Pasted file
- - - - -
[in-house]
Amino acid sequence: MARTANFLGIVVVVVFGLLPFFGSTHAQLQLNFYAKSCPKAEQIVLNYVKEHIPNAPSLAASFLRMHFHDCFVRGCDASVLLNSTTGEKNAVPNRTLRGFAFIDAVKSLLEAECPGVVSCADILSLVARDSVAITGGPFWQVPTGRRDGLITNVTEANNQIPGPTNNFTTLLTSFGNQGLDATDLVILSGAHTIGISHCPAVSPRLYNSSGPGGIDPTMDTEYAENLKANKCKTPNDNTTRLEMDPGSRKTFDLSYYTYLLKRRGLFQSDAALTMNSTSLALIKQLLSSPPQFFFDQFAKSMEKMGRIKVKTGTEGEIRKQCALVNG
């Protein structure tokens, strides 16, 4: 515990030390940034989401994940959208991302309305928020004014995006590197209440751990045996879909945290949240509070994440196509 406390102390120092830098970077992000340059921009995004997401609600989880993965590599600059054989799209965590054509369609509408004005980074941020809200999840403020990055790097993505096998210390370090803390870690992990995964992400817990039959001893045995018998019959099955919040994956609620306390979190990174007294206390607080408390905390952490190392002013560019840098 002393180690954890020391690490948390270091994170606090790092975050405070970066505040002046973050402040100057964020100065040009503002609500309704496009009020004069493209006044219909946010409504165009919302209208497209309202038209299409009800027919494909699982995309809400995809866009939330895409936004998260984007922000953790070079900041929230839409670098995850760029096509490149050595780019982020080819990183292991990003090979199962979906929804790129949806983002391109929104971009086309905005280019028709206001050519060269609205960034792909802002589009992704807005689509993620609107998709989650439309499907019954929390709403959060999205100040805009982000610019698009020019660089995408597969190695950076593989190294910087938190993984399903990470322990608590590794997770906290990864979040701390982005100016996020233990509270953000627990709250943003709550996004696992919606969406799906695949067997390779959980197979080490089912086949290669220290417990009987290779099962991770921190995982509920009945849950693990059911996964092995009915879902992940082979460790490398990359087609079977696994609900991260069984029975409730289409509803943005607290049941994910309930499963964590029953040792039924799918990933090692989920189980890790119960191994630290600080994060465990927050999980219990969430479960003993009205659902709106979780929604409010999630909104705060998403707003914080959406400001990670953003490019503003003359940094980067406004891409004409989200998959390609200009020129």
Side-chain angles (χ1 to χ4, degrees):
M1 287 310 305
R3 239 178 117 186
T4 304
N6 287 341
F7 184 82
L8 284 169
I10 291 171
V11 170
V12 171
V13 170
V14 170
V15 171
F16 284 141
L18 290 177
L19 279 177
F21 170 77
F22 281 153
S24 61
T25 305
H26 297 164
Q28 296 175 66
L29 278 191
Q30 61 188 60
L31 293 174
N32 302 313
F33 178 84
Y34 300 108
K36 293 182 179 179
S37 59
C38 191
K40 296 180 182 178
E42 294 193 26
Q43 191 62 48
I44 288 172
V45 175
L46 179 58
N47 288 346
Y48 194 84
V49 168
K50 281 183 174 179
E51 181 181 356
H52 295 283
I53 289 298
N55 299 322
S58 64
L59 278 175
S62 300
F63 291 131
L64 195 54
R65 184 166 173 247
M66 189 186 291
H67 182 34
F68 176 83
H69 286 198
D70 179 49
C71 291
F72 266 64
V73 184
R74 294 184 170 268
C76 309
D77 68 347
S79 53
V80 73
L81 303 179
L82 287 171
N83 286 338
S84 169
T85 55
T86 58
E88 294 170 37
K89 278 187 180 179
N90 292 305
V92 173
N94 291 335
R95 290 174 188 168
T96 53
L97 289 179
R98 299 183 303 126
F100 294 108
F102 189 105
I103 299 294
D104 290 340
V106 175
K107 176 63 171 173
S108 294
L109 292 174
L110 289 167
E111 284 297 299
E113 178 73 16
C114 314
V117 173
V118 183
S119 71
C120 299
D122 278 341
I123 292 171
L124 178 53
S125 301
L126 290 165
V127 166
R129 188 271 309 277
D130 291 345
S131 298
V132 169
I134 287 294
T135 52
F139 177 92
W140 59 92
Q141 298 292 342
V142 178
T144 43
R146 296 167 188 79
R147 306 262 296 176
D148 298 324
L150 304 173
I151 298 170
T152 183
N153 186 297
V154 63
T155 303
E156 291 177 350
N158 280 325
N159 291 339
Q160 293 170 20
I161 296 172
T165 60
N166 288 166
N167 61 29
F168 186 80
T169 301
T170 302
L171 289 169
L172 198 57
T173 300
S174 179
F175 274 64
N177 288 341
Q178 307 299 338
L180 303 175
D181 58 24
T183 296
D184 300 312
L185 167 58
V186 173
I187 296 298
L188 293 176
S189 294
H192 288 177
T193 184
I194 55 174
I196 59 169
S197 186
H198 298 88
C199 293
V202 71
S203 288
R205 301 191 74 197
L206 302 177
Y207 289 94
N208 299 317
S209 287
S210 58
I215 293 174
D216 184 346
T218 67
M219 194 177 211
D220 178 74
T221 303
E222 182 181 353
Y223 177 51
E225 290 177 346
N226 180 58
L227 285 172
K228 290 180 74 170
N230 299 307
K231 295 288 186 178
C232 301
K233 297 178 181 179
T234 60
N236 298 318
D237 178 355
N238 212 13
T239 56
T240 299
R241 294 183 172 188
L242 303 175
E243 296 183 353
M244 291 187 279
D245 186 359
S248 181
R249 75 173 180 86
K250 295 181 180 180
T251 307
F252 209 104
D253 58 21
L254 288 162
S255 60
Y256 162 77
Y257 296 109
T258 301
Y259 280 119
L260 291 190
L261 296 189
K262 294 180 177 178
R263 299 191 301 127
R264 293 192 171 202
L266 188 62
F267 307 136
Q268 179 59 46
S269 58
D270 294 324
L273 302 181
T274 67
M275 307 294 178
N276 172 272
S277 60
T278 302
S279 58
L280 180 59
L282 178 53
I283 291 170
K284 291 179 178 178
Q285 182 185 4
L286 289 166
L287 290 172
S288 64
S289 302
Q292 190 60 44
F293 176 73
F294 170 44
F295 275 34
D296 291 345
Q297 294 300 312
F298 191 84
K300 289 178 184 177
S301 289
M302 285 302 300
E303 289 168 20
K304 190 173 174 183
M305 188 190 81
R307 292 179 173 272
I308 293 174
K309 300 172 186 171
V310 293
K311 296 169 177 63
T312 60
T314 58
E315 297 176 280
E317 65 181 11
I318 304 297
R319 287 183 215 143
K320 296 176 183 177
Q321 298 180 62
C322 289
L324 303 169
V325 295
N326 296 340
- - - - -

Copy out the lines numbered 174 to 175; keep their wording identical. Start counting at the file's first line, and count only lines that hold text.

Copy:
Y223 177 51
E225 290 177 346